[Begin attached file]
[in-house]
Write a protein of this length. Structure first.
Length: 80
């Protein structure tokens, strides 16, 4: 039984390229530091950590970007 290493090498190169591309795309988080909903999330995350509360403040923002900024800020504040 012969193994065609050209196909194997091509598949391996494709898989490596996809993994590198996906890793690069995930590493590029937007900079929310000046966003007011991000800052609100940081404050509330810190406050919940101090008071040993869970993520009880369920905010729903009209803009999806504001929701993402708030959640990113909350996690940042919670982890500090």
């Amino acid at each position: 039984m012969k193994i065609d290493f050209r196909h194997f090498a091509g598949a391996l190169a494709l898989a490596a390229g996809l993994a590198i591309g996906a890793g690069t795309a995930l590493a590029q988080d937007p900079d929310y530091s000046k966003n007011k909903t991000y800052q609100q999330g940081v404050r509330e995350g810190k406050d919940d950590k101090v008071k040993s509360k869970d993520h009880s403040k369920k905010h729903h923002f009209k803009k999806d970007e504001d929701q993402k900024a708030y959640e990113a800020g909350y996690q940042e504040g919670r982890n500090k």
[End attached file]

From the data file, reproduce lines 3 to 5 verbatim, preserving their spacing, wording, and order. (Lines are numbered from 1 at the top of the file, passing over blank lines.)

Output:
Length: 80
């Protein structure tokens, strides 16, 4: 039984390229530091950590970007 290493090498190169591309795309988080909903999330995350509360403040923002900024800020504040 012969193994065609050209196909194997091509598949391996494709898989490596996809993994590198996906890793690069995930590493590029937007900079929310000046966003007011991000800052609100940081404050509330810190406050919940101090008071040993869970993520009880369920905010729903009209803009999806504001929701993402708030959640990113909350996690940042919670982890500090």
């Amino acid at each position: 039984m012969k193994i065609d290493f050209r196909h194997f090498a091509g598949a391996l190169a494709l898989a490596a390229g996809l993994a590198i591309g996906a890793g690069t795309a995930l590493a590029q988080d937007p900079d929310y530091s000046k966003n007011k909903t991000y800052q609100q999330g940081v404050r509330e995350g810190k406050d919940d950590k101090v008071k040993s509360k869970d993520h009880s403040k369920k905010h729903h923002f009209k803009k999806d970007e504001d929701q993402k900024a708030y959640e990113a800020g909350y996690q940042e504040g919670r982890n500090k």